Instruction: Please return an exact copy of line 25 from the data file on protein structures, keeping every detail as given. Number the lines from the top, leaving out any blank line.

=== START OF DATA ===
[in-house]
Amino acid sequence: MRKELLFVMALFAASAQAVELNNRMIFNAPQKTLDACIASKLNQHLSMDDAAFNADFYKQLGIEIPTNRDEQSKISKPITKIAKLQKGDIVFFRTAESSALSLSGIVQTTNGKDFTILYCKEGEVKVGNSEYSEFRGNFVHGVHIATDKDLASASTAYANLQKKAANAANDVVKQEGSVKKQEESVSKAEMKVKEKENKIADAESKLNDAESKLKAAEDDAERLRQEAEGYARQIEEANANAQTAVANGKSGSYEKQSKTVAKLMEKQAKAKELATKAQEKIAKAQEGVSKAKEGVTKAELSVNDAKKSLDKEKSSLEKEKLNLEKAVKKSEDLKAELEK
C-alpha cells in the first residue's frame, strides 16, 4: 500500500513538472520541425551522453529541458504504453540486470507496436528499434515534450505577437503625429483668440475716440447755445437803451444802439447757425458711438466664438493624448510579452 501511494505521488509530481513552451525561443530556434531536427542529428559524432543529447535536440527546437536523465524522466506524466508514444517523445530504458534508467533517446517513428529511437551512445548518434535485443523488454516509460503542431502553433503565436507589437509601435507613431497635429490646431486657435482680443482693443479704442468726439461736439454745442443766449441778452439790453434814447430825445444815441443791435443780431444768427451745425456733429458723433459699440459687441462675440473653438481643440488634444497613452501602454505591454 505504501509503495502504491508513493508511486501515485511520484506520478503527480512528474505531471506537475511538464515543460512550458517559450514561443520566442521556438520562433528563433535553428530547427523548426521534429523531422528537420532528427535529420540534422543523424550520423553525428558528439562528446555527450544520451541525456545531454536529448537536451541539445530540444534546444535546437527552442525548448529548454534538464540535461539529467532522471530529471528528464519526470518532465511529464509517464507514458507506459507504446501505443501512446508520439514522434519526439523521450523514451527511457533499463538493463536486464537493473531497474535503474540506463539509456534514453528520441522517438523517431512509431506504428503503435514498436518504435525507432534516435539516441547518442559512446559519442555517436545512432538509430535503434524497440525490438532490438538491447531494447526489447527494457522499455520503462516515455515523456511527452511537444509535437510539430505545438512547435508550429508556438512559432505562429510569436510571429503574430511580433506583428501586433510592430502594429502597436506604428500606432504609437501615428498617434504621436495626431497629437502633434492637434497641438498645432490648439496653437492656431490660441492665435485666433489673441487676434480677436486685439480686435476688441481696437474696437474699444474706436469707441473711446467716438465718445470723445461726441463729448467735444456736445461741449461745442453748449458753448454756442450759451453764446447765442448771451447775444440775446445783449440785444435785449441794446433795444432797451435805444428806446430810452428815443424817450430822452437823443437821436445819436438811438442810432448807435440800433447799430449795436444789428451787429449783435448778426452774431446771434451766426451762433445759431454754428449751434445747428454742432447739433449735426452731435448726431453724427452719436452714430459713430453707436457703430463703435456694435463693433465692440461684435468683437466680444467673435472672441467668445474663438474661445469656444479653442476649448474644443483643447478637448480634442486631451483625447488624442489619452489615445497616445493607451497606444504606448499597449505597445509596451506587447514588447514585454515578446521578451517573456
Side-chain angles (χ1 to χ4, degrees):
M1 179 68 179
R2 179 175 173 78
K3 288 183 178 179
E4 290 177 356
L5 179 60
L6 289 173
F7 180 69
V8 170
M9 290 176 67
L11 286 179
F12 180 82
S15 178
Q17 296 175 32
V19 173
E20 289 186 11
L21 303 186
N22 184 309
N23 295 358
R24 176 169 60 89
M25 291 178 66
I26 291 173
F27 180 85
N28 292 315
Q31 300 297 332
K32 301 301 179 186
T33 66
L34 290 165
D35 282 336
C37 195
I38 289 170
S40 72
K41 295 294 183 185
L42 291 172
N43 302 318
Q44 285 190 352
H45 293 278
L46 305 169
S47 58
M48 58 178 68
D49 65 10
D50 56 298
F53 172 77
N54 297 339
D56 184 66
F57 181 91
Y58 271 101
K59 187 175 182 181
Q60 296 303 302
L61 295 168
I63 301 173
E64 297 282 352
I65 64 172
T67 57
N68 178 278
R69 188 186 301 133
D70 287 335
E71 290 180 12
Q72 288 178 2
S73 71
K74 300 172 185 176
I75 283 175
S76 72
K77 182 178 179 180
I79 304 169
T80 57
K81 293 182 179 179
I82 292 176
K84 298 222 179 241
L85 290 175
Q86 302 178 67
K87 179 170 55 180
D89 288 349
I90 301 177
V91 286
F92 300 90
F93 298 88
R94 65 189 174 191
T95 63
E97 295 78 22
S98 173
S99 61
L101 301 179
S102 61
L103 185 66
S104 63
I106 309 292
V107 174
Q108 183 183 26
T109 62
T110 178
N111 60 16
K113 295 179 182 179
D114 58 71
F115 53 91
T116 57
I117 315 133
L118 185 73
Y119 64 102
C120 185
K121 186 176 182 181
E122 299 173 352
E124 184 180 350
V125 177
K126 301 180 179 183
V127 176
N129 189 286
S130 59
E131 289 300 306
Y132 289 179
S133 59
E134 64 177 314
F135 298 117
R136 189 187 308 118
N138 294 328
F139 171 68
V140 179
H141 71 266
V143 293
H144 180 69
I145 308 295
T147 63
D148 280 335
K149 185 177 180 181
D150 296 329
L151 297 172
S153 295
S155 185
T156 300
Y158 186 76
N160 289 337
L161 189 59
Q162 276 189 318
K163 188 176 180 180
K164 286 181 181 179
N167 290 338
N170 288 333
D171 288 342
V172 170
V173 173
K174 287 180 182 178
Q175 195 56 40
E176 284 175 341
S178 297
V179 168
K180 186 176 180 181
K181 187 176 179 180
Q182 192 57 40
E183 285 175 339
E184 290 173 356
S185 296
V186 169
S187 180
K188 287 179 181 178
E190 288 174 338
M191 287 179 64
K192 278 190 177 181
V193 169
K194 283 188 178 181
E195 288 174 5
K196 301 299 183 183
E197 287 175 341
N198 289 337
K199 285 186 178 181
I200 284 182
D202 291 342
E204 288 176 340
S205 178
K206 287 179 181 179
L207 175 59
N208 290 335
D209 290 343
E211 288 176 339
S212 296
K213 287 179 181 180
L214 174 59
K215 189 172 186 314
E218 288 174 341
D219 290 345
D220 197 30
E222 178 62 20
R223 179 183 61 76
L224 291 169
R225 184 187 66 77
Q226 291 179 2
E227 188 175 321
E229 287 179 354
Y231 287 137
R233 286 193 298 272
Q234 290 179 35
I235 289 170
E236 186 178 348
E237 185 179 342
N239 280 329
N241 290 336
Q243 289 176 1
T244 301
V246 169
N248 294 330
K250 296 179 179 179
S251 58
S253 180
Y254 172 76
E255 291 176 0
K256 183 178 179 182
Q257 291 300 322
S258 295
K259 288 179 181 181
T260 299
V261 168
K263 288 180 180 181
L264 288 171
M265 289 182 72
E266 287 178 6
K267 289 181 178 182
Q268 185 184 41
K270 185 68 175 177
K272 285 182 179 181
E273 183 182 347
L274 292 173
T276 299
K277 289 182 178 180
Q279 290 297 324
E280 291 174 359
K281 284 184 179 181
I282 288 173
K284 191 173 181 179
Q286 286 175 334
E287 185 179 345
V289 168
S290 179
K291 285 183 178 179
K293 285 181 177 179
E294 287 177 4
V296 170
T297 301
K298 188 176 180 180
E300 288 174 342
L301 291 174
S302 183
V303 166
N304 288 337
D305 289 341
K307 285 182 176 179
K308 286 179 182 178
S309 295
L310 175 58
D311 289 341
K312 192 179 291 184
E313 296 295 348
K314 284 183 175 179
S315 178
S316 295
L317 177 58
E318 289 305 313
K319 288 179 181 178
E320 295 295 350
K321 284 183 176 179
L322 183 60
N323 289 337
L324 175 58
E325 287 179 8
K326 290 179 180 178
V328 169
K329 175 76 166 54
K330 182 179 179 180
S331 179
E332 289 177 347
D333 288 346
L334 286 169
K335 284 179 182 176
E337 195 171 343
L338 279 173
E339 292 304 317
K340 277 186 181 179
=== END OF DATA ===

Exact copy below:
I26 291 173